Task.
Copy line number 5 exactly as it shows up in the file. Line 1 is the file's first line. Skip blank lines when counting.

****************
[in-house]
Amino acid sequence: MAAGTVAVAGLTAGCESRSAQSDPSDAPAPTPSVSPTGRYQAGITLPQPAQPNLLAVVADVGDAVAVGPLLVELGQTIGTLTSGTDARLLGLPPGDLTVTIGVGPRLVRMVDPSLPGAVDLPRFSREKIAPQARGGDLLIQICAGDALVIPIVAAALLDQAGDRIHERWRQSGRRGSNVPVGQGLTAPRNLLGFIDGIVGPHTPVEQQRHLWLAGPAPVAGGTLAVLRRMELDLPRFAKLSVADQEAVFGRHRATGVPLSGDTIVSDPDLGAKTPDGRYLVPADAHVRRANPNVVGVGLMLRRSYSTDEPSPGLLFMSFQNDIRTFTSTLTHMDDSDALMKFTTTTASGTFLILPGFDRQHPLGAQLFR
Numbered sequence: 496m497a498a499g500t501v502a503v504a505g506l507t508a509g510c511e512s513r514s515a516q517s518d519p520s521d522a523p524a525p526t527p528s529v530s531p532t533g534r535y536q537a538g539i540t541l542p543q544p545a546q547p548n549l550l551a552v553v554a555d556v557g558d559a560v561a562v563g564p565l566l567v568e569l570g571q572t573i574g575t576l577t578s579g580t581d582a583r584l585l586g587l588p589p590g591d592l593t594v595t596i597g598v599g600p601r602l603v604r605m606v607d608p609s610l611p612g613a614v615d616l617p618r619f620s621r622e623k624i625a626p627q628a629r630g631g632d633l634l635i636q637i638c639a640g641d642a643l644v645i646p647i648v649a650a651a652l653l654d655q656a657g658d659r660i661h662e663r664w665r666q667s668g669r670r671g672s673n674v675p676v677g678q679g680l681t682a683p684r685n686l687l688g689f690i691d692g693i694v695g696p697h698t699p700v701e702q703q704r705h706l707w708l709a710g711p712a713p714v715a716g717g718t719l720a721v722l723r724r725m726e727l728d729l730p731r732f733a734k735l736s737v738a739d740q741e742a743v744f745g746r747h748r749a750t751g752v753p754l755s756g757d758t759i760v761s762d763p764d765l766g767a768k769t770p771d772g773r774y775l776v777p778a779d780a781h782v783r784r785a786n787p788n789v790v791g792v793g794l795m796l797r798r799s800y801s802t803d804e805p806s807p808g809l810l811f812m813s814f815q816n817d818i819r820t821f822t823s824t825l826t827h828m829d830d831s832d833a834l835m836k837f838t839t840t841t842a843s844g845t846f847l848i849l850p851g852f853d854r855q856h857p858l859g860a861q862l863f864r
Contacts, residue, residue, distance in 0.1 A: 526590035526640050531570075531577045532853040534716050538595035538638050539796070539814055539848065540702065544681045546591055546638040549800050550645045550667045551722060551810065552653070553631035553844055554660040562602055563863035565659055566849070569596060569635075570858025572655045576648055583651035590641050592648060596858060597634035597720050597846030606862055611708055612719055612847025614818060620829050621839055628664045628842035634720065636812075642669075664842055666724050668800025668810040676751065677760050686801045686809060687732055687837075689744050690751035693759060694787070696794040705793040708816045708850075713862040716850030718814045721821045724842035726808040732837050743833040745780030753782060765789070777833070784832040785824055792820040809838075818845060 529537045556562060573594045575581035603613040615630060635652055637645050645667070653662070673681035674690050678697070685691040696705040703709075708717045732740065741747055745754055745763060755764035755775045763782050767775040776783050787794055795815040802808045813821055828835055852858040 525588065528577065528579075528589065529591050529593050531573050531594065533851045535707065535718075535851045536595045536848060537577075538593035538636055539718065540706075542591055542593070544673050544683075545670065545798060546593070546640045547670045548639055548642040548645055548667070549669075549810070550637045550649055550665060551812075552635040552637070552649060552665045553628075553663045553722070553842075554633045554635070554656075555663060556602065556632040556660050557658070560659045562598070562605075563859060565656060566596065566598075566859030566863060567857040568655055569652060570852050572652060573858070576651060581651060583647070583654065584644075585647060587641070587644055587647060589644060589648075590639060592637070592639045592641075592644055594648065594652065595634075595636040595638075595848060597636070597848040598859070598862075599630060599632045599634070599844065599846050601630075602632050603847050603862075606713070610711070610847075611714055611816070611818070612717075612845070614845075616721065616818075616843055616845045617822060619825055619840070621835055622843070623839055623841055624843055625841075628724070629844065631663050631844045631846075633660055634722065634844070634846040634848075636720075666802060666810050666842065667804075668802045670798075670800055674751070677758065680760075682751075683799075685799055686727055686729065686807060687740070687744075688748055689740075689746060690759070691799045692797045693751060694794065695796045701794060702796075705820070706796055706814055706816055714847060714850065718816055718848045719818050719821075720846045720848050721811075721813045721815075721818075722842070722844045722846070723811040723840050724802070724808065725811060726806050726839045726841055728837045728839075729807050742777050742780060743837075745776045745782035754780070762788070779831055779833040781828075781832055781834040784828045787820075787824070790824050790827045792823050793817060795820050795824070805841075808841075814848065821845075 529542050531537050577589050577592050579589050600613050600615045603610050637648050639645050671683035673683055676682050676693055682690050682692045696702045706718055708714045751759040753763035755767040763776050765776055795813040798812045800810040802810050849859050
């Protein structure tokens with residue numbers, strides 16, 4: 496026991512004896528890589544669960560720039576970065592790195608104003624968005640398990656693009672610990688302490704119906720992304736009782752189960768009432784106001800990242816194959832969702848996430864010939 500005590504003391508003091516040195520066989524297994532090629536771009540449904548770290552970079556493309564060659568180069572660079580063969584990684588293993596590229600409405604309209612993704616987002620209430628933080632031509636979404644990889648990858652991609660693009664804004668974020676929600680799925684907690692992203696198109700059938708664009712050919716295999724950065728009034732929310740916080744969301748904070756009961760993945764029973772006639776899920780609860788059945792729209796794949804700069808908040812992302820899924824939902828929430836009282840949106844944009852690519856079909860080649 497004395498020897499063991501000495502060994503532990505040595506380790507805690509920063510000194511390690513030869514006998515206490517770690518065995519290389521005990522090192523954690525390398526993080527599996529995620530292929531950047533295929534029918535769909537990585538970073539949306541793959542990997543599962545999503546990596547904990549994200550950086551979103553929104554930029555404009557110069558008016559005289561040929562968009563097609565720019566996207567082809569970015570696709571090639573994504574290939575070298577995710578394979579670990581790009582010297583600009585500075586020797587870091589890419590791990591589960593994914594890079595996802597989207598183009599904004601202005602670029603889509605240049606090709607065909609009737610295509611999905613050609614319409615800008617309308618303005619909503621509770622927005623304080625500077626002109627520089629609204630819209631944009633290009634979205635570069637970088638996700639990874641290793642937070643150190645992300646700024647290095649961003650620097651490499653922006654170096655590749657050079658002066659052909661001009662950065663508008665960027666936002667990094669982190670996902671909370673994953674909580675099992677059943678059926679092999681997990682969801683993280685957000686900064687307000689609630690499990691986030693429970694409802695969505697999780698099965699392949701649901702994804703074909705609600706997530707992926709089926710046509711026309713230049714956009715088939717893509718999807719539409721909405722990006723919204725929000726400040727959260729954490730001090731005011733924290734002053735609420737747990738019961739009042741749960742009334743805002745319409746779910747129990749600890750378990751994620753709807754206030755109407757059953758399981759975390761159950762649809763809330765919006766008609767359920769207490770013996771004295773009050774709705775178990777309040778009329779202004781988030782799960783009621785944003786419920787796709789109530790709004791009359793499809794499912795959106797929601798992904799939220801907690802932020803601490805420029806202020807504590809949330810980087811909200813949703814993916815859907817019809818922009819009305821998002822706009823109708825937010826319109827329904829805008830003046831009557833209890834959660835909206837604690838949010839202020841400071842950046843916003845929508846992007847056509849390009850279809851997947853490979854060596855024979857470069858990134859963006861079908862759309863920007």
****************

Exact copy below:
């Protein structure tokens with residue numbers, strides 16, 4: 496026991512004896528890589544669960560720039576970065592790195608104003624968005640398990656693009672610990688302490704119906720992304736009782752189960768009432784106001800990242816194959832969702848996430864010939 500005590504003391508003091516040195520066989524297994532090629536771009540449904548770290552970079556493309564060659568180069572660079580063969584990684588293993596590229600409405604309209612993704616987002620209430628933080632031509636979404644990889648990858652991609660693009664804004668974020676929600680799925684907690692992203696198109700059938708664009712050919716295999724950065728009034732929310740916080744969301748904070756009961760993945764029973772006639776899920780609860788059945792729209796794949804700069808908040812992302820899924824939902828929430836009282840949106844944009852690519856079909860080649 497004395498020897499063991501000495502060994503532990505040595506380790507805690509920063510000194511390690513030869514006998515206490517770690518065995519290389521005990522090192523954690525390398526993080527599996529995620530292929531950047533295929534029918535769909537990585538970073539949306541793959542990997543599962545999503546990596547904990549994200550950086551979103553929104554930029555404009557110069558008016559005289561040929562968009563097609565720019566996207567082809569970015570696709571090639573994504574290939575070298577995710578394979579670990581790009582010297583600009585500075586020797587870091589890419590791990591589960593994914594890079595996802597989207598183009599904004601202005602670029603889509605240049606090709607065909609009737610295509611999905613050609614319409615800008617309308618303005619909503621509770622927005623304080625500077626002109627520089629609204630819209631944009633290009634979205635570069637970088638996700639990874641290793642937070643150190645992300646700024647290095649961003650620097651490499653922006654170096655590749657050079658002066659052909661001009662950065663508008665960027666936002667990094669982190670996902671909370673994953674909580675099992677059943678059926679092999681997990682969801683993280685957000686900064687307000689609630690499990691986030693429970694409802695969505697999780698099965699392949701649901702994804703074909705609600706997530707992926709089926710046509711026309713230049714956009715088939717893509718999807719539409721909405722990006723919204725929000726400040727959260729954490730001090731005011733924290734002053735609420737747990738019961739009042741749960742009334743805002745319409746779910747129990749600890750378990751994620753709807754206030755109407757059953758399981759975390761159950762649809763809330765919006766008609767359920769207490770013996771004295773009050774709705775178990777309040778009329779202004781988030782799960783009621785944003786419920787796709789109530790709004791009359793499809794499912795959106797929601798992904799939220801907690802932020803601490805420029806202020807504590809949330810980087811909200813949703814993916815859907817019809818922009819009305821998002822706009823109708825937010826319109827329904829805008830003046831009557833209890834959660835909206837604690838949010839202020841400071842950046843916003845929508846992007847056509849390009850279809851997947853490979854060596855024979857470069858990134859963006861079908862759309863920007």